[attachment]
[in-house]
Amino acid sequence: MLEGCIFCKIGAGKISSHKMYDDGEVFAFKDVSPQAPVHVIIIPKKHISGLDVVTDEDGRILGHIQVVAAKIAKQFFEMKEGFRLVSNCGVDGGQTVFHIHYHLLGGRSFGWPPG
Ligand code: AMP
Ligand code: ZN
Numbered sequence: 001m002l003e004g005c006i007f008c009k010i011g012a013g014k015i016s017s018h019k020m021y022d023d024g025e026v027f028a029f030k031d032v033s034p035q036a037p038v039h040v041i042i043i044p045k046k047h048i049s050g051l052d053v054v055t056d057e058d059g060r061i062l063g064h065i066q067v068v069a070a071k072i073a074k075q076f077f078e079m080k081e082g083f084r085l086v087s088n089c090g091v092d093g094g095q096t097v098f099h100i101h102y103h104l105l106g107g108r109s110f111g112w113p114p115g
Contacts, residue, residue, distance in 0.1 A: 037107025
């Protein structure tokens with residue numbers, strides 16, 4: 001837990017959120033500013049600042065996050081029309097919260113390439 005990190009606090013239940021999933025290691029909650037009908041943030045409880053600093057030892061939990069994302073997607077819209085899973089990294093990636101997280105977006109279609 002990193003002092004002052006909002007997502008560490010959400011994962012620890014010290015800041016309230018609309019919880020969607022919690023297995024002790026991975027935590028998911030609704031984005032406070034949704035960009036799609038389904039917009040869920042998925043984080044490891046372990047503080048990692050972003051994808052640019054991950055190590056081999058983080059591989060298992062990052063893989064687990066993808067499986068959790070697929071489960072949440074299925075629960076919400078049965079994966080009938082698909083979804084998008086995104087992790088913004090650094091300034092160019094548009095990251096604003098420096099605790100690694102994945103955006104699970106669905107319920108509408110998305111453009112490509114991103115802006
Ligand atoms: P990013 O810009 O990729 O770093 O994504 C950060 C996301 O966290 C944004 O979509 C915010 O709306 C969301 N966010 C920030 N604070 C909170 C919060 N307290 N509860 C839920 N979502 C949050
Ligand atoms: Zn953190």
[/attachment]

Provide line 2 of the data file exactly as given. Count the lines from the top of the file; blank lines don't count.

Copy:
Amino acid sequence: MLEGCIFCKIGAGKISSHKMYDDGEVFAFKDVSPQAPVHVIIIPKKHISGLDVVTDEDGRILGHIQVVAAKIAKQFFEMKEGFRLVSNCGVDGGQTVFHIHYHLLGGRSFGWPPG